Statelessness in Poland is a widely overlooked problem, which is caused by the small number of persons without citizenship and lack of credible and comprehensive statistical information. There is no single prevailing ethnicity or common background for stateless people, which is another factor why they are mostly ignored and there are no systemic solutions and dedicated legal procedures for them. Cases of statelessness are scattered and isolated, often unidentified for years.
The most recent available data on stateless persons in Poland gathered through the Population Census is already outdated, as the census was carried out back in 2011. It provides a general perspective on the scope of the problem, but does not provide any meaningful additional information about this population.
For many years now Jus soli has been seen as a miraculous way to reduce the number of stateless persons around the world. Despite this, there still exist a variety of conditions that make eradication of statelessness a long and bumpy ride. This article will examine how Jus soli is practiced in some countries around the world and how this legal principle may help to eliminate statelessness.
The principle of Jus soli or “the right of soil” is a legal principle according to which all children born on the territory of a country have a right to claim citizenship of that country. For this reason, lawyers and practitioners often see Jus soli as a solution to statelessness.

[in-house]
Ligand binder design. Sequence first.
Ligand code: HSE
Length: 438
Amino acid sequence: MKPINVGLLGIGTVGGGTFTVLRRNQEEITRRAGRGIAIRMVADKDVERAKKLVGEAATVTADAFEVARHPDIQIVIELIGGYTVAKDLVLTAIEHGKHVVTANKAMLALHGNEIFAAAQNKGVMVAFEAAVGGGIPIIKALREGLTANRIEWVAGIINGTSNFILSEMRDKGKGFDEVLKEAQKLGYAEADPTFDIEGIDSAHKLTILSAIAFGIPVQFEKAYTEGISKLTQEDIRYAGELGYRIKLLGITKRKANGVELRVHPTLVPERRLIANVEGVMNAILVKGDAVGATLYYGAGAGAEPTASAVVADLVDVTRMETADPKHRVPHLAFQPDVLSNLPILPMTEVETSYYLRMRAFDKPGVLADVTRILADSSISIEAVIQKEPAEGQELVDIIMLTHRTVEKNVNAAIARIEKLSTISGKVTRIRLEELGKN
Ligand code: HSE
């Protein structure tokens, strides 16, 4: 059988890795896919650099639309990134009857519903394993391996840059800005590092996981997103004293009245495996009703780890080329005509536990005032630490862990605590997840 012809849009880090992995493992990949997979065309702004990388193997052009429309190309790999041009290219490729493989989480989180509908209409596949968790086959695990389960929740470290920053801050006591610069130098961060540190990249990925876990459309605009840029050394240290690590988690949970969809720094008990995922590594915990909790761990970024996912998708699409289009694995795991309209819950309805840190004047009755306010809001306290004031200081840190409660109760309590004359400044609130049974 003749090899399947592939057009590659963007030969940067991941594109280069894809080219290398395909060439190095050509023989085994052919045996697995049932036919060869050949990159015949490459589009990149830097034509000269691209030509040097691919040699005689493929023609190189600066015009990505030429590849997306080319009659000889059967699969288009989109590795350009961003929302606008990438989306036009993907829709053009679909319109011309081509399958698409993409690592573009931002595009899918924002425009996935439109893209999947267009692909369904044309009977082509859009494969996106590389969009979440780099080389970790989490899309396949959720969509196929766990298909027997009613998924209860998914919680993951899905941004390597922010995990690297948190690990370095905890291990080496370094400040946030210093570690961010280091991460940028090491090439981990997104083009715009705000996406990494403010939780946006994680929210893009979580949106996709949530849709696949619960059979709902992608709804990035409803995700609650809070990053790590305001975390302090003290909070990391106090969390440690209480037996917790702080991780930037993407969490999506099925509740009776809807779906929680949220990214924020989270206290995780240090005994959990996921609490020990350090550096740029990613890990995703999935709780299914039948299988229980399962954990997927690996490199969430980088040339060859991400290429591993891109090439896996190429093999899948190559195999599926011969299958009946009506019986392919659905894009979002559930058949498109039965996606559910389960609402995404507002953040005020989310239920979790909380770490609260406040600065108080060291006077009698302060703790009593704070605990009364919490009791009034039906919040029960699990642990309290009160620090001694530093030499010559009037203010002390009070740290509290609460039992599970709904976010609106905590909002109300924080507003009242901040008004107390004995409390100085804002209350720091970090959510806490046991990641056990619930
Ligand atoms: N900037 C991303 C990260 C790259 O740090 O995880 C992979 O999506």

Statelessness itself represents
The COVID-19 pandemic has made billions of people change their every day reality. Rapidly progressing spread of the virus, combined with often dangerous symptoms of the disease, has forced humanity to adapt quickly to the new challenges.
To analyze the situation of people in detention, at risk of detention and stateless persons in the face of COVID-19, a special report was issued. Today we would like to present to you the main conclusions and observations resulting from this text. For more details, we invite you to the report prepared by the International Detention Coalition - a global organisation associating over 400 organisations, groups and individual specialists in cooperation with Western Sydney University - Humanitarian and Development Research Initiative. You can